Bruno Cathala
2 - 4
8 - 199
InteractionComponents & Design


Bruno Cathala is one of those game designers who aren’t married to one genre or one game mechanic they keep coming back to. Games with his name on the box include Shadows over Camelot, Cyclades, 7 Wonders: Duel and many more. The only thing they really have in common is that they are great games. That list is now joined by Kingdomino, a kingdom building game using Dominoes-like tiles. It’s a light family game and has nothing in common with any of Bruno’s other games, mechanically speaking. It is nominated for the Spiel des Jahres 2017, usually a good indicator for a great game.

Kingdom Building for Beginners – The Rules

Kingdomino is a light game, all the players do is pick a total of twelve Dominoes-tiles with the two halves showing one of six different landscapes instead of numbers. Those tiles, placed according to two simple rules, make up the player’s kingdom. Rule one: one of the tiles two landscapes must border the same landscape or the starting tile with the player’s castle.  Rule two: the kingdom mustn’t be larger than five squares in any direction. Near the end of the game you may have turns where you can’t play your tile according to those rules. That’s just personal misfortune when it happens, you don’t get a replacement.

King of my tiny little paper castle
King of my tiny little paper castle

Some half-dominoes have one to three crowns in addition to their landscape. Those are good for fledgling kings, you want all the crowns you can get. But not just anywhere, crowns in the right place are the key. When the game ends, you count the squares in each connected area with the same landscape, and you multiply it by the number of crowns in that area. The result is the points you score for that area. So lots of crowns in a large area are what you really want, but the tiles you get and the placement rules are great at working against you. That’s nice and all, but not exactly special up to this point. But then you add the rules how tiles are picked into the mix.

Each round, you have two rows of tiles. One one of them has the players’ meeple kings on them. From top to bottom each players takes the tile under his meeple king and places it in her kingdom. Then she places her meeple king on the tile that she wants from the second column. When all players did that, a new row of tiles is drawn from the back and the next round starts. Since player order is always from top to bottom, picking a tile also decides the player order for the next round.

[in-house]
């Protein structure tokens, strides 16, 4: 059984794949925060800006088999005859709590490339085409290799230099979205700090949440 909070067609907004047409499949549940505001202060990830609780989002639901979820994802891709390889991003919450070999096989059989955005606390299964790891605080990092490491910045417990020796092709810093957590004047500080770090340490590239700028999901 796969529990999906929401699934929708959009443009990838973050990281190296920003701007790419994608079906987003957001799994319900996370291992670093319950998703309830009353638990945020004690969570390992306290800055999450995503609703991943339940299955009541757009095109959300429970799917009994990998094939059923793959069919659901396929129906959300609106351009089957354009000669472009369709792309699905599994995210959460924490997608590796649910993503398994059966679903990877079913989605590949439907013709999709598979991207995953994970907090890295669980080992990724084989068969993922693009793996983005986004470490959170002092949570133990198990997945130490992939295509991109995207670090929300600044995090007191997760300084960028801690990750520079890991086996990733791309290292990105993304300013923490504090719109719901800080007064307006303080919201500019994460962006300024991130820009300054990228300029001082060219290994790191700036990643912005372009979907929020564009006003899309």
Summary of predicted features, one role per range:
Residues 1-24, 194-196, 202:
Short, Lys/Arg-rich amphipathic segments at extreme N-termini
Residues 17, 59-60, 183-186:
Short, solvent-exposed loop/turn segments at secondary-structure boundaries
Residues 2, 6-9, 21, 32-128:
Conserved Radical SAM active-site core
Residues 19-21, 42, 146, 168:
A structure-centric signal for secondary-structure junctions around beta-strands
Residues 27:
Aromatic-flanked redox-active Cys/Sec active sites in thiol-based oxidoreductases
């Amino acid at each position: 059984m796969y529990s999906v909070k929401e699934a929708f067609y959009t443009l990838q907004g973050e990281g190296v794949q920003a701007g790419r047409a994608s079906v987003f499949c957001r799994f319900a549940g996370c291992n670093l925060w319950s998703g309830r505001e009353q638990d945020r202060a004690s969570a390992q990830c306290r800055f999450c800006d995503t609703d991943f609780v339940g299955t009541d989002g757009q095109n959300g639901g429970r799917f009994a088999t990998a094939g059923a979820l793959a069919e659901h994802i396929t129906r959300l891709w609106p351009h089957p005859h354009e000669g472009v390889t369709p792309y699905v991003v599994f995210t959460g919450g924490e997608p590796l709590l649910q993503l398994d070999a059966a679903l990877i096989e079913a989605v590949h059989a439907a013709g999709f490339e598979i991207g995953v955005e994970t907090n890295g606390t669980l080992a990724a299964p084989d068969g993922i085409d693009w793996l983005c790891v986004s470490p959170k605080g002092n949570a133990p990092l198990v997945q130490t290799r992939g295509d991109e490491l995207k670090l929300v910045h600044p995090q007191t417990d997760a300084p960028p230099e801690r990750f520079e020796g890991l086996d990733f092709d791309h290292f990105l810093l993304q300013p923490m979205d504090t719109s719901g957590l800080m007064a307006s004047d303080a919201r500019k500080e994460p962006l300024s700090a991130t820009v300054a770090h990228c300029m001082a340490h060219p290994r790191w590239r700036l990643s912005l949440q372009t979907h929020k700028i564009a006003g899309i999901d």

Wood for sheep? I got both!
Wood for sheep? I got both!

There is a catch of course: you sort the tiles by the number on their back, and that means the least valuable landscapes always go on top. Usually, that’s the wheat fields, because there are 26 squares of wheat fields. Only five of them have a crown, though, so scoring the big points with them is tough. On the other end of the spectrum you have the mountains. There are six squares with those in total, but only one of those doesn’t have crowns, and one is the only square with three crowns. Real nice to have, but picking mountains is almost certain to make you go last next round, and that means you’ll get the leftover tile no one wanted. Even worse, that tile might still be at the bottom of the turn order if no high value tiles were drawn this round.

Ready for the Coronation? – The Verdict

[pullthis]The connection between tile selection and turn order makes the game, really[/pullthis]. Without that, Kingdomino would be just another tile laying game, but connecting those two things adds tension to every decision. Do you go for the valuable tile at the bottom and risk being trapped as the last in turn order? Or do you keep going early and hope you can assemble a large wheat field that scores enough points to win. And you still get the good parts of a tile placement game.

Wheat King
Wheat King

With short rounds and almost no downtime Kingdomino doesn’t get boring in a hurry, but if you do want a more challenging game there are some simple variants that spice it up. You can decide to score extra points for having the full five by five kingdom with no gaps, or for having your castle exactly in the center of your kingdom. Both sound simple, but it’s not always obvious if getting those bonus points is better or worse than placing a tile where you really want it. And for the two player game – which mostly works the same as playing with three or four, but each player has two meeple kings – there is a variant where you still use all the tiles and build an epic seven by seven kingdom.

Kingdomino is a great family game. The rules are simple, the decisions are not, no one has a chance to get bored while waiting for their turn and, best of all, the balance between luck and strategy makes sure that younger players have a fair chance but adult players won’t get bored. A worthy nominee for the Spiel des Jahres.

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